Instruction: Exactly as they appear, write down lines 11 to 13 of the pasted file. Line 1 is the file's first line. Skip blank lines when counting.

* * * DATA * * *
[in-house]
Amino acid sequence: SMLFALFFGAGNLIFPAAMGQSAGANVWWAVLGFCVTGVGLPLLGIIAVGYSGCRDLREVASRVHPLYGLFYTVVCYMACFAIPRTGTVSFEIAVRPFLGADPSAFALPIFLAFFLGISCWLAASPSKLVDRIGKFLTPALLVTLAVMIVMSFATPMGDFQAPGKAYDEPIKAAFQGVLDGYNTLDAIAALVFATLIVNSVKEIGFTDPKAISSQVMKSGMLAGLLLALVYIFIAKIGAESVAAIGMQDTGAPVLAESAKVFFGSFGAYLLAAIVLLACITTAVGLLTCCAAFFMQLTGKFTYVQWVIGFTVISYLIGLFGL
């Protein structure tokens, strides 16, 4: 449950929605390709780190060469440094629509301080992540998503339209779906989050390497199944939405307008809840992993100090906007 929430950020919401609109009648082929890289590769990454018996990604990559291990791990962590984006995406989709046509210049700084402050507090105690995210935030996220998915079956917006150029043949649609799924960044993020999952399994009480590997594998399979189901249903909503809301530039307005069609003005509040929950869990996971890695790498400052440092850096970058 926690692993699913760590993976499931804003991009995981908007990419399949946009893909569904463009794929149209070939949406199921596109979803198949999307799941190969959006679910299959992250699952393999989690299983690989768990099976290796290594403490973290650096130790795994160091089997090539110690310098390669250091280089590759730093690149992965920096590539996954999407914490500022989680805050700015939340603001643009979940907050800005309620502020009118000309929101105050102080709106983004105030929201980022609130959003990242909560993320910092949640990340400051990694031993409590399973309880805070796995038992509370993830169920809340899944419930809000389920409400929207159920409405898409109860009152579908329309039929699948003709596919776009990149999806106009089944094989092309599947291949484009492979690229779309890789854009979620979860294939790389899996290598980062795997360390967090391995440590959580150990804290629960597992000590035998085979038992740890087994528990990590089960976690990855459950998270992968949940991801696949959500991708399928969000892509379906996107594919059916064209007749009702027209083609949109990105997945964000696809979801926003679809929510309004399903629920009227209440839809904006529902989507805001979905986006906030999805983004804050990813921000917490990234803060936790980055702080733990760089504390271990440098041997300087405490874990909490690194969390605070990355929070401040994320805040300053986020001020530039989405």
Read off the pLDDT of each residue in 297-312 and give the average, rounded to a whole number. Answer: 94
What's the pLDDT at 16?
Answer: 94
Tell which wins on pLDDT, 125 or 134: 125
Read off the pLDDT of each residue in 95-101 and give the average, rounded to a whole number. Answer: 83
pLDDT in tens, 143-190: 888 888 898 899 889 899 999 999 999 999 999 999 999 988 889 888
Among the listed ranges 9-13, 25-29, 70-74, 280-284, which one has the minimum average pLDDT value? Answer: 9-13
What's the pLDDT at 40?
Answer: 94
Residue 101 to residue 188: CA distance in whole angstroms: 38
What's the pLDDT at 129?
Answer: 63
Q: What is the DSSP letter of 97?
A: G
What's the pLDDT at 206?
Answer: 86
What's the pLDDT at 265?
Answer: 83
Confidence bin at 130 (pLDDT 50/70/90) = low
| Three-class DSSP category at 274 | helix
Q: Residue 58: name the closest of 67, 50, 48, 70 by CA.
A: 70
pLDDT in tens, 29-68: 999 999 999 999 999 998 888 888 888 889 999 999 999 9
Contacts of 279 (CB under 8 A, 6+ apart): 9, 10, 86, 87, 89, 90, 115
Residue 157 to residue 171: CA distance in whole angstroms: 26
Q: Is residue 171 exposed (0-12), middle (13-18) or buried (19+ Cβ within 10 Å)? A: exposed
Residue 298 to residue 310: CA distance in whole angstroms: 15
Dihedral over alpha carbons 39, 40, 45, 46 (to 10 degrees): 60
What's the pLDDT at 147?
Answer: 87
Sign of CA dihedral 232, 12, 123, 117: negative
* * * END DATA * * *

What's the pLDDT at 40?
Answer: 94
Residue 101 to residue 188: CA distance in whole angstroms: 38